I used to avoid tomatoes like the plaque all winter long. If I couldn't have ripe, juicy, red (as in really red) tomatoes, fresh from the garden or farm stand, well, I just didn't want them at all.
RUN to the store and pick up a BIG bag! I bought close to five pounds for around $3.00. Don't be worried about making too many of these fabulous tomatoes - they freeze beautifully and you'll love pulling them out for soups, sauces, salads, pizzas, sandwiches. Actually, there's a gazillion ways to use these delicious ruby gems - be looking for some wonderful recipes over the next week. Now, I'm not saying I went overboard or anything like that when I saw the tomatoes so cheap but...
P.S. There are all sorts of different versions and recipes for Slow-Roasted Tomatoes. I've tried quite a few and have ended up liking this one the best. I actually adapted it from a delicious pasta dish my daughter made for us last summer. Sometimes I vary things a bit by adding sliced lemons, fresh rosemary and/or oregano and if I see red or black grapes on special, I've even been known to roast them along with the tomatoes, but..... that's a whole other story.
Italian Slow Roasted Tomatoes
⅓ cup olive oil
1 tablespoon dried Italian seasoning
2 teaspoons sea salt (we love Maldon!)
½ teaspoon freshly ground pepper
3 cloves garlic, minced
15-20 fresh basil leaves, more if you like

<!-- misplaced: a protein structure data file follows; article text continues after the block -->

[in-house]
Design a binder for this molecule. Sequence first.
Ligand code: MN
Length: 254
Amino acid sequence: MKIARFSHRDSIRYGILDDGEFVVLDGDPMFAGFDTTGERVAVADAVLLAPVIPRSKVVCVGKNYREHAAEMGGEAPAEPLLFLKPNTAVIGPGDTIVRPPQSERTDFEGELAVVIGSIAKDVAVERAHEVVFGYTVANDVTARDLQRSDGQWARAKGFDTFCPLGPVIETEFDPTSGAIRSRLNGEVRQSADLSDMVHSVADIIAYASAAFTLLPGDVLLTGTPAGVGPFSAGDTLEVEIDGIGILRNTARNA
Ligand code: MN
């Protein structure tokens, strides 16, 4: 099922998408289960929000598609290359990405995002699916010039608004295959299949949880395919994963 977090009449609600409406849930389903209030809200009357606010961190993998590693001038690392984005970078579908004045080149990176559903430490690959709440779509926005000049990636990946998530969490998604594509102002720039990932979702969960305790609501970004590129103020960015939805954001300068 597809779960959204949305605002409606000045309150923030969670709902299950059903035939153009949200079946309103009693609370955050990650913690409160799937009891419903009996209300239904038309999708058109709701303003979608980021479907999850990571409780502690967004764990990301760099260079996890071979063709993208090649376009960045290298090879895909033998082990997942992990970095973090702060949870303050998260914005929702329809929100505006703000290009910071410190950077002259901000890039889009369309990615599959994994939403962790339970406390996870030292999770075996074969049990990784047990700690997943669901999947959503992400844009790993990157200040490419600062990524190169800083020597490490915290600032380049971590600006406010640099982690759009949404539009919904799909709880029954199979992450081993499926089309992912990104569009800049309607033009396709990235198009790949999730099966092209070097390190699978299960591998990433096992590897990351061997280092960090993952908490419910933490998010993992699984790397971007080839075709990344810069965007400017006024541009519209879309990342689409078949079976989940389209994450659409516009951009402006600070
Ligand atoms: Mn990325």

1 medium lemon, halved and then each half quartered, lengthwise, optional
2 ½ pounds tomatoes, cored and sliced in half*
1. Preheat oven to 250˚F. Line a sheet pan with foil.
2. Place first 5 ingredients in a large bowl and mix well to combine. Add basil, lemon wedges (optional) and tomatoes and stir gently to coat with oil mixture.
3. Turn tomato mixture (and any accumulated juices) out onto prepared sheet pan and spread to a single layer. Place pan in preheated oven.
4. After 1 hour, remove pan from oven and turn all tomatoes cut face down. There will be quite a bit of liquid in the pan at this point. Continue to roast for another 3 or so hours until almost all of the liquid has evaporated and tomatoes are soft, shriveled and have turned a deep red. It may take a bit longer - check by turning one of the tomatoes over, it should be starting to caramelize a bit on the underside.
If the Romas at your market look sort of washed out and are a pale red color, go ahead and purchase them. Let them sit out at room temperature for a few days before roasting. They will ripen more and turn deeper red. Whatever you do, don't refrigerate tomatoes - it stops the ripening process, breaks down the cell structure, turns them mealy, kills the flavor and makes you bark like a dog........ well maybe not the last one!